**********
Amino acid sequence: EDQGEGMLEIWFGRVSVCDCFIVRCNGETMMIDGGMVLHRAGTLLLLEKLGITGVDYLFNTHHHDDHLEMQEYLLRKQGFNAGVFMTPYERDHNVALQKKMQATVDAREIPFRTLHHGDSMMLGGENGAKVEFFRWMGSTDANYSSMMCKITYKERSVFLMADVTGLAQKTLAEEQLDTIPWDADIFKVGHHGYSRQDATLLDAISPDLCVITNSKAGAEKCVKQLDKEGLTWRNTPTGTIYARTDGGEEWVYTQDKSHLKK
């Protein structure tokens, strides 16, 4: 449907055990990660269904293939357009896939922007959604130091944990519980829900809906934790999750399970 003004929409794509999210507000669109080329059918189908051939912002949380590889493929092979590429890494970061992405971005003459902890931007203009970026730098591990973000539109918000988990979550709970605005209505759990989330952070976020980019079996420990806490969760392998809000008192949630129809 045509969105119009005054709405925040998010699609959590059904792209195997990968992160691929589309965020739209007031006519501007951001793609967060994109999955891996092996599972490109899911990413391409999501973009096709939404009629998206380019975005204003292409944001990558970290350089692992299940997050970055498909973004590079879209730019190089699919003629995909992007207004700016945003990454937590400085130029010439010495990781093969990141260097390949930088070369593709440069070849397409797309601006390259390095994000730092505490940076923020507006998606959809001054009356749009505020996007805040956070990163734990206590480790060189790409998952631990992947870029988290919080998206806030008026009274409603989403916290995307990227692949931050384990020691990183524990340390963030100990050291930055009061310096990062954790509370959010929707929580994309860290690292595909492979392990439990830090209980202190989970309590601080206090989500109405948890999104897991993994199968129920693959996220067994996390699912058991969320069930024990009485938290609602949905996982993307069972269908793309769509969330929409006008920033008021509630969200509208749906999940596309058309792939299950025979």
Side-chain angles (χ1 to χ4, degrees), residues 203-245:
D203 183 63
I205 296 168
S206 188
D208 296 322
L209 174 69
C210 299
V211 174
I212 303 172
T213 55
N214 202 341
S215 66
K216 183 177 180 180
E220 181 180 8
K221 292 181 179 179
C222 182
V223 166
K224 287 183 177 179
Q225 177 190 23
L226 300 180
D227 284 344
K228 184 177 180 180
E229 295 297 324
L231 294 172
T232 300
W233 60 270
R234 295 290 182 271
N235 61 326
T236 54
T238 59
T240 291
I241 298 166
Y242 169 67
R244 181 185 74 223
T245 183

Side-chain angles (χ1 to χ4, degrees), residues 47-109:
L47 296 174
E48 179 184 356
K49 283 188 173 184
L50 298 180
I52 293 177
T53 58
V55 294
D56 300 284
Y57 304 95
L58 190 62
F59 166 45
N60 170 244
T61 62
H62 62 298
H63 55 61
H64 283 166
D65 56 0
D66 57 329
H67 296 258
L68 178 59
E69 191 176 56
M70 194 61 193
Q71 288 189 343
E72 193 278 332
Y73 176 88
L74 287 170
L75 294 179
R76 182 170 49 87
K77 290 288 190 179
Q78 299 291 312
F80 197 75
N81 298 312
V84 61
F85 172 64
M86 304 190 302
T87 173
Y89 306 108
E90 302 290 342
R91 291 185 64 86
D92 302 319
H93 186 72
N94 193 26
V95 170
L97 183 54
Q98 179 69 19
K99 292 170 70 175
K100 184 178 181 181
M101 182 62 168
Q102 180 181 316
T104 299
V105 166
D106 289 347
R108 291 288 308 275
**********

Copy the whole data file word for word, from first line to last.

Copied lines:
Amino acid sequence: EDQGEGMLEIWFGRVSVCDCFIVRCNGETMMIDGGMVLHRAGTLLLLEKLGITGVDYLFNTHHHDDHLEMQEYLLRKQGFNAGVFMTPYERDHNVALQKKMQATVDAREIPFRTLHHGDSMMLGGENGAKVEFFRWMGSTDANYSSMMCKITYKERSVFLMADVTGLAQKTLAEEQLDTIPWDADIFKVGHHGYSRQDATLLDAISPDLCVITNSKAGAEKCVKQLDKEGLTWRNTPTGTIYARTDGGEEWVYTQDKSHLKK
């Protein structure tokens, strides 16, 4: 449907055990990660269904293939357009896939922007959604130091944990519980829900809906934790999750399970 003004929409794509999210507000669109080329059918189908051939912002949380590889493929092979590429890494970061992405971005003459902890931007203009970026730098591990973000539109918000988990979550709970605005209505759990989330952070976020980019079996420990806490969760392998809000008192949630129809 045509969105119009005054709405925040998010699609959590059904792209195997990968992160691929589309965020739209007031006519501007951001793609967060994109999955891996092996599972490109899911990413391409999501973009096709939404009629998206380019975005204003292409944001990558970290350089692992299940997050970055498909973004590079879209730019190089699919003629995909992007207004700016945003990454937590400085130029010439010495990781093969990141260097390949930088070369593709440069070849397409797309601006390259390095994000730092505490940076923020507006998606959809001054009356749009505020996007805040956070990163734990206590480790060189790409998952631990992947870029988290919080998206806030008026009274409603989403916290995307990227692949931050384990020691990183524990340390963030100990050291930055009061310096990062954790509370959010929707929580994309860290690292595909492979392990439990830090209980202190989970309590601080206090989500109405948890999104897991993994199968129920693959996220067994996390699912058991969320069930024990009485938290609602949905996982993307069972269908793309769509969330929409006008920033008021509630969200509208749906999940596309058309792939299950025979």
Side-chain angles (χ1 to χ4, degrees), residues 203-245:
D203 183 63
I205 296 168
S206 188
D208 296 322
L209 174 69
C210 299
V211 174
I212 303 172
T213 55
N214 202 341
S215 66
K216 183 177 180 180
E220 181 180 8
K221 292 181 179 179
C222 182
V223 166
K224 287 183 177 179
Q225 177 190 23
L226 300 180
D227 284 344
K228 184 177 180 180
E229 295 297 324
L231 294 172
T232 300
W233 60 270
R234 295 290 182 271
N235 61 326
T236 54
T238 59
T240 291
I241 298 166
Y242 169 67
R244 181 185 74 223
T245 183

Side-chain angles (χ1 to χ4, degrees), residues 47-109:
L47 296 174
E48 179 184 356
K49 283 188 173 184
L50 298 180
I52 293 177
T53 58
V55 294
D56 300 284
Y57 304 95
L58 190 62
F59 166 45
N60 170 244
T61 62
H62 62 298
H63 55 61
H64 283 166
D65 56 0
D66 57 329
H67 296 258
L68 178 59
E69 191 176 56
M70 194 61 193
Q71 288 189 343
E72 193 278 332
Y73 176 88
L74 287 170
L75 294 179
R76 182 170 49 87
K77 290 288 190 179
Q78 299 291 312
F80 197 75
N81 298 312
V84 61
F85 172 64
M86 304 190 302
T87 173
Y89 306 108
E90 302 290 342
R91 291 185 64 86
D92 302 319
H93 186 72
N94 193 26
V95 170
L97 183 54
Q98 179 69 19
K99 292 170 70 175
K100 184 178 181 181
M101 182 62 168
Q102 180 181 316
T104 299
V105 166
D106 289 347
R108 291 288 308 275